The foregoing provisions shall not apply to any employer in whose employment there are less than three employees or who is a party to a collective bargaining agreement which prevents the continued employment or reemployment of such injured employee.

Any employer who violates the provisions of this section shall be fined in an amount not to exceed $200 or be imprisoned for a period not to exceed ninety days or both.

The section was codified as section 97-135 of the Revised Laws of Hawaii 1955, as amended, and recodified later as HRS § 386-141.

[6] The legislative committee report justified the enactment of the measure on these grounds:

Section 386-141 of the Workmen's Compensation Law makes it unlawful for an employer to discharge an employee who has suffered a work injury unless such employee is no longer capable of performing his work because of the injury and there is no other work available that he is capable of performing. The section provides penalties against offending employers, re-employment preferences for aggrieved employees, and for collective bargaining agreements which prevent continued employment and re-employment of injured employees.

However appropriate these provisions may be, they are inappropriately part of the Workmen's Compensation Law, the Workman's [sic] Compensation Division being principally concerned with determining entitlement to benefits by injured employees thereunder. On the other hand, the Labor Law Enforcement Division is principally concerned with investigation and prosecution of unlawful employment practices. The Workmen's Compensation Division is neither concerned with nor staffed to carry on an enforcement program, while the Labor Law Enforcement Division is structured so as to implement the policy and purpose of the law, and to prefer sanctioning for violations thereof in the event of unlawful suspension or discharge, which is the subject matter of Part III of Chapter 378.

Stand.Comm.Rep. No. 253-70, supra.

[7] The relevant portion of Part III, HRS § 378-35, then read:

If the department of labor and industrial relations finds, after a hearing, that an employer has unlawfully suspended or discharged an employee in violation of section 378-32, the department may order the reinstatement of the employee with or without back pay or may order the payment of back pay without reinstatement.

HRS § 378-35 (1968).

It now reads:

If the department of labor and industrial relations finds, after a hearing, that an employer has unlawfully suspended, discharged or discriminated against an employee in violation of section 378-32, the department may order the reinstatement, or reinstatement to the prior position, as the case may be, of the employee with or without backpay [sic] or may order the payment of backpay [sic] without any such reinstatement.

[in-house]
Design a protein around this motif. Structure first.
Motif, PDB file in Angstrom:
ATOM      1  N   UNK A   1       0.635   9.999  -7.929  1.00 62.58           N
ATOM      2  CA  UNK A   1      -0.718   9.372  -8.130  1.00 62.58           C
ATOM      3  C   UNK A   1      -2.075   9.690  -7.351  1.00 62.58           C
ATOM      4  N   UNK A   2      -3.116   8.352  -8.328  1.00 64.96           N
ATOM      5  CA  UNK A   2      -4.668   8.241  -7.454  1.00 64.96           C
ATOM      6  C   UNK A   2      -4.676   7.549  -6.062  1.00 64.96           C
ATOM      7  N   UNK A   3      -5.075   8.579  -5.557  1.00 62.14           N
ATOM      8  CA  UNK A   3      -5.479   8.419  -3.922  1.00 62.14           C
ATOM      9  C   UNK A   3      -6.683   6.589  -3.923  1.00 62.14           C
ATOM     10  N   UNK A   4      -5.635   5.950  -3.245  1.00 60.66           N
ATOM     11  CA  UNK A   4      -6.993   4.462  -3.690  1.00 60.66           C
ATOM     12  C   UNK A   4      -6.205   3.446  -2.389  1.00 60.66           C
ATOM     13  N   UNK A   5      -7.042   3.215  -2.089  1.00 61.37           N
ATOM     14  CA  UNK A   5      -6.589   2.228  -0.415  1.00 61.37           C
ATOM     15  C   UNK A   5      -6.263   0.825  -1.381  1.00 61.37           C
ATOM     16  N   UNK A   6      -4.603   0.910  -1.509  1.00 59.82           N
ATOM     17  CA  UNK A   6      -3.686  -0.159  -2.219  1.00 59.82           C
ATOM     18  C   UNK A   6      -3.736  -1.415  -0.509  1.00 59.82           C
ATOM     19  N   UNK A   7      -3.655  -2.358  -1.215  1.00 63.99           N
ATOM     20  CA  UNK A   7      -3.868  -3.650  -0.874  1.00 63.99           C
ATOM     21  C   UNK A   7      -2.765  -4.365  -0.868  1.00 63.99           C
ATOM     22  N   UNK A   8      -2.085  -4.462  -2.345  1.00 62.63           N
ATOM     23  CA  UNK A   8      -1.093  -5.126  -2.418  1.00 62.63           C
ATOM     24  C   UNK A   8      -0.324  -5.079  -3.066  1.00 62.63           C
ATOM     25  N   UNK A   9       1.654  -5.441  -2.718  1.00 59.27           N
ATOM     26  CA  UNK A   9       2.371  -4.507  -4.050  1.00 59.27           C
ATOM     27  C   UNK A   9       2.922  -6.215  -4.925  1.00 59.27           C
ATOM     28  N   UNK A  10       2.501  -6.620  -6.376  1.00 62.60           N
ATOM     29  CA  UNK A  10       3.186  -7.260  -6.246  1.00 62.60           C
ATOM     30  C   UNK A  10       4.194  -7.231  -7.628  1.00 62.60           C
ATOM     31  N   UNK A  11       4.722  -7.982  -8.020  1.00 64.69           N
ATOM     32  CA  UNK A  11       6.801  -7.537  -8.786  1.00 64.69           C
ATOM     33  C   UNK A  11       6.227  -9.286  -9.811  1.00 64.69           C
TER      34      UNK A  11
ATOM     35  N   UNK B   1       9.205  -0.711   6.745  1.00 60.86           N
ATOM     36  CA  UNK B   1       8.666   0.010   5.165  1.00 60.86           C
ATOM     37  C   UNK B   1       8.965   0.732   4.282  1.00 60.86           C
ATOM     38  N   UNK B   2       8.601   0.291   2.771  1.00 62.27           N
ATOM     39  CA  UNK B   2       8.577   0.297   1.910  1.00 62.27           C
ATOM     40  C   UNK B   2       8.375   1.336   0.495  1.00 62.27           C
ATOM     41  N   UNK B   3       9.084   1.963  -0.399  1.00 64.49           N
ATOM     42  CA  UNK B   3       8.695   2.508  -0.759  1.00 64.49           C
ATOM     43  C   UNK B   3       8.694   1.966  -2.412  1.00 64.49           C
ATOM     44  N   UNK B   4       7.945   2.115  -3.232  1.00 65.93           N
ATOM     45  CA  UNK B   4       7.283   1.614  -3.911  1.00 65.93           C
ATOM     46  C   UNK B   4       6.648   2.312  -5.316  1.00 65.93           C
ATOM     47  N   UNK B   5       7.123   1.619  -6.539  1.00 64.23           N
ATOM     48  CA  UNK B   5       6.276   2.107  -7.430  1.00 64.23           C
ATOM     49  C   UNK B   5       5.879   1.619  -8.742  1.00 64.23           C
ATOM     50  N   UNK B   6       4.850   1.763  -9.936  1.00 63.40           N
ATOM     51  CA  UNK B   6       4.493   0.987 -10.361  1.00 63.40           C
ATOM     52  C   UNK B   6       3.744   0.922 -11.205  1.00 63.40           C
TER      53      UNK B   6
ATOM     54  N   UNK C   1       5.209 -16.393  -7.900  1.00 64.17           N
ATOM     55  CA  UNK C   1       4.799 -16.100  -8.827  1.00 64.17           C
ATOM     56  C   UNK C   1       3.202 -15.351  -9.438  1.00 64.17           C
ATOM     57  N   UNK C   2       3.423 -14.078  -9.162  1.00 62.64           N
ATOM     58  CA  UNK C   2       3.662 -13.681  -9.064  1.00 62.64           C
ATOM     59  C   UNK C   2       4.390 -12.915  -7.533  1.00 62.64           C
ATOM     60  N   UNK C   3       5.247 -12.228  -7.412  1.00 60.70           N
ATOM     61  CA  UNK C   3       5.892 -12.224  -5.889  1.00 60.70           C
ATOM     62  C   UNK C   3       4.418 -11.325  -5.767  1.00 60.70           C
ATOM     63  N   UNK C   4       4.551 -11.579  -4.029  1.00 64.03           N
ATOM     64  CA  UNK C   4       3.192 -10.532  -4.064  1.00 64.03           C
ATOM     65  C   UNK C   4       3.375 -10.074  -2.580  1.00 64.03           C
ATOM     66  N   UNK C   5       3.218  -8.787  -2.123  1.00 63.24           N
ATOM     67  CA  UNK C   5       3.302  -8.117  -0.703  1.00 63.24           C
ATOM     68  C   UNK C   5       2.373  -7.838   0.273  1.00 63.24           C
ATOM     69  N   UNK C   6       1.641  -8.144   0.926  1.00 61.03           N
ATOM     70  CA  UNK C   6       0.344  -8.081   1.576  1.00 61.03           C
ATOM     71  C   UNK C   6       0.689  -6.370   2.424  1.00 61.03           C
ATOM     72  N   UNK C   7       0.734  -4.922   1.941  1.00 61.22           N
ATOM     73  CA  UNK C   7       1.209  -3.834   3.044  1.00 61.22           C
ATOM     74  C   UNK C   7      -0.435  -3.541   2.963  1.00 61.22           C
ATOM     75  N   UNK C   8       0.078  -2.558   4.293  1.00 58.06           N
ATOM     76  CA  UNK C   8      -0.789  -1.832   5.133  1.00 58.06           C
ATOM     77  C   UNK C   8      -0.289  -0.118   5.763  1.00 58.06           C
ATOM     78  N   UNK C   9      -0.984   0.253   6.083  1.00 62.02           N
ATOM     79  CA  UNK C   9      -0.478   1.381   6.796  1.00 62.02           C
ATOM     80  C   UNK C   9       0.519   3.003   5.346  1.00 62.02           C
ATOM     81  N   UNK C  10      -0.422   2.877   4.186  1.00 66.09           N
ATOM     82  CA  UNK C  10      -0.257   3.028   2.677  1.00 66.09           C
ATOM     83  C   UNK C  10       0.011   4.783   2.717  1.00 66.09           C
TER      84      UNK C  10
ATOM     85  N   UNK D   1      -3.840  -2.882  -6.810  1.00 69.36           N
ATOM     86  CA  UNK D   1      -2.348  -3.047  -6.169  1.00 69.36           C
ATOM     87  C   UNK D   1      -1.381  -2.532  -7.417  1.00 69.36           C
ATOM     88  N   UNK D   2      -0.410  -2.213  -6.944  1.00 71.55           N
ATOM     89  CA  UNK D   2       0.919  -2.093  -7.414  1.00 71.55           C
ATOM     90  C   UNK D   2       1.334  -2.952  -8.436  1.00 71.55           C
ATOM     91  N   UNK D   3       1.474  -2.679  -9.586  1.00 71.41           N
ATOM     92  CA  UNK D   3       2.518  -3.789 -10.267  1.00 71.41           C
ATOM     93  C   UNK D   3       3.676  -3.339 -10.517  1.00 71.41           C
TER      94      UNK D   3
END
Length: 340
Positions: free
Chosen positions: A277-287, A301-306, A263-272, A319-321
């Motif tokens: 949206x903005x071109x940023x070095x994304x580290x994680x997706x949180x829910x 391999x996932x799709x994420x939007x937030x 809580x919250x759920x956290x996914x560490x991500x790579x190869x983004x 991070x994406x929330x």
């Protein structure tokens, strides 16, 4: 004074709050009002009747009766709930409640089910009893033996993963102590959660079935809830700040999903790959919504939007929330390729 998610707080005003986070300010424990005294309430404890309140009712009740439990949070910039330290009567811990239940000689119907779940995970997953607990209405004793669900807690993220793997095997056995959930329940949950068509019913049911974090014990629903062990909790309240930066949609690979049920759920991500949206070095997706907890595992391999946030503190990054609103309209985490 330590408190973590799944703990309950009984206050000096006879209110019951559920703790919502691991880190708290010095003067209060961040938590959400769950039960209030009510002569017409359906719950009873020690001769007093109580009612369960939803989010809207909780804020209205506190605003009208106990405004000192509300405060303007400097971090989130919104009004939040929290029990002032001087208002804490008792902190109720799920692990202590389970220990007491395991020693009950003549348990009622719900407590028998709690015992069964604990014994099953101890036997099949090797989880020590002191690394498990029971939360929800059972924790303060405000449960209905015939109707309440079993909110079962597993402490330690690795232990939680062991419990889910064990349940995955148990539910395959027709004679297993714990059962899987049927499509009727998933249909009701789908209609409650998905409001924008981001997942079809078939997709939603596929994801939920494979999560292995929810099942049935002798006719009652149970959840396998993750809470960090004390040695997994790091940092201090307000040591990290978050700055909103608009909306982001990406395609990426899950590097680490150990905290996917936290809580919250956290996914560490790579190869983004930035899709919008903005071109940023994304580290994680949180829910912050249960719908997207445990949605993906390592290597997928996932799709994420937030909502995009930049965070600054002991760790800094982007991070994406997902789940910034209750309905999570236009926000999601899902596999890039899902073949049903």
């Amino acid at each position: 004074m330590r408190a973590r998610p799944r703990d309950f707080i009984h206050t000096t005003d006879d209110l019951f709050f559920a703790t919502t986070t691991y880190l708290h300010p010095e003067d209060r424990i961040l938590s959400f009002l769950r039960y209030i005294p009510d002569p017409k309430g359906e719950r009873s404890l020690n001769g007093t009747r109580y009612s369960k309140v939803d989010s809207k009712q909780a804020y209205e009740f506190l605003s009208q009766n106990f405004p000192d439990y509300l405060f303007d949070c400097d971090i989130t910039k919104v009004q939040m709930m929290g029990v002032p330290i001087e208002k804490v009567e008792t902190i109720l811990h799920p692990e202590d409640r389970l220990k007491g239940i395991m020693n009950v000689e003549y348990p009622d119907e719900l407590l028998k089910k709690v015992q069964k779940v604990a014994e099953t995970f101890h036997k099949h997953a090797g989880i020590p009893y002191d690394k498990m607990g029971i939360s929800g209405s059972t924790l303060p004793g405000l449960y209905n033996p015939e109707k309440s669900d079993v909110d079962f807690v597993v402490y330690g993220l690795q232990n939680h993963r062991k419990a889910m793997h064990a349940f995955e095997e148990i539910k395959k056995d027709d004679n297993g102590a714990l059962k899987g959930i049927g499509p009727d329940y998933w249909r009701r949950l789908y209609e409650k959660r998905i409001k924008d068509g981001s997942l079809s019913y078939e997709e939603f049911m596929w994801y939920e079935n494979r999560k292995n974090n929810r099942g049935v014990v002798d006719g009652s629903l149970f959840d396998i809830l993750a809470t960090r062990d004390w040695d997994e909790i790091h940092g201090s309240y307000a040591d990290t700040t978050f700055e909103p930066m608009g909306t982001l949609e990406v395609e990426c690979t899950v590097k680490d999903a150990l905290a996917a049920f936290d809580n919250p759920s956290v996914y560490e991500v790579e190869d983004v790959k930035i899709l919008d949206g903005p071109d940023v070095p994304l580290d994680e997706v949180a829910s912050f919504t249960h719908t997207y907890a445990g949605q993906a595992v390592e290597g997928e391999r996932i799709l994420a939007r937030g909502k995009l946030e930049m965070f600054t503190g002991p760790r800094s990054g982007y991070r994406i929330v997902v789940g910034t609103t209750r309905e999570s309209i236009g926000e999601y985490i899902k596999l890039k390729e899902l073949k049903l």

HRS § 378-35 (1985 Replacement).

[8] "Generally, remedial statutes are those which provide a remedy, or improve or facilitate remedies already existing for the enforcement of rights and the redress of injuries." N. Singer, 3 Sutherland, Statutes and Statutory Construction § 60.02 (4th ed. 1986) (footnote omitted). HRS § 378-32(2) undoubtedly fits this description of a remedial statute. Furthermore, it must be regarded as remedial under the following description of the term in the treatise: "Modern social legislation is generally regarded as being remedial in nature. `Socioeconomic' legislation has been said to be entitled to a liberal construction." Id.

[9] Our review of the record indicates the hearing officer imposed the burden of establishing the availability of a job the complainant could perform on the complainant. It would be unrealistic to expect that a former employee would have sufficient knowledge of the employer's operations to meet such a burden. We believe it would be more reasonable to have the employee show she is not disabled from performing work in some general areas, for example, clerical or sales, and then have the employer show there is no work available in those areas if it can.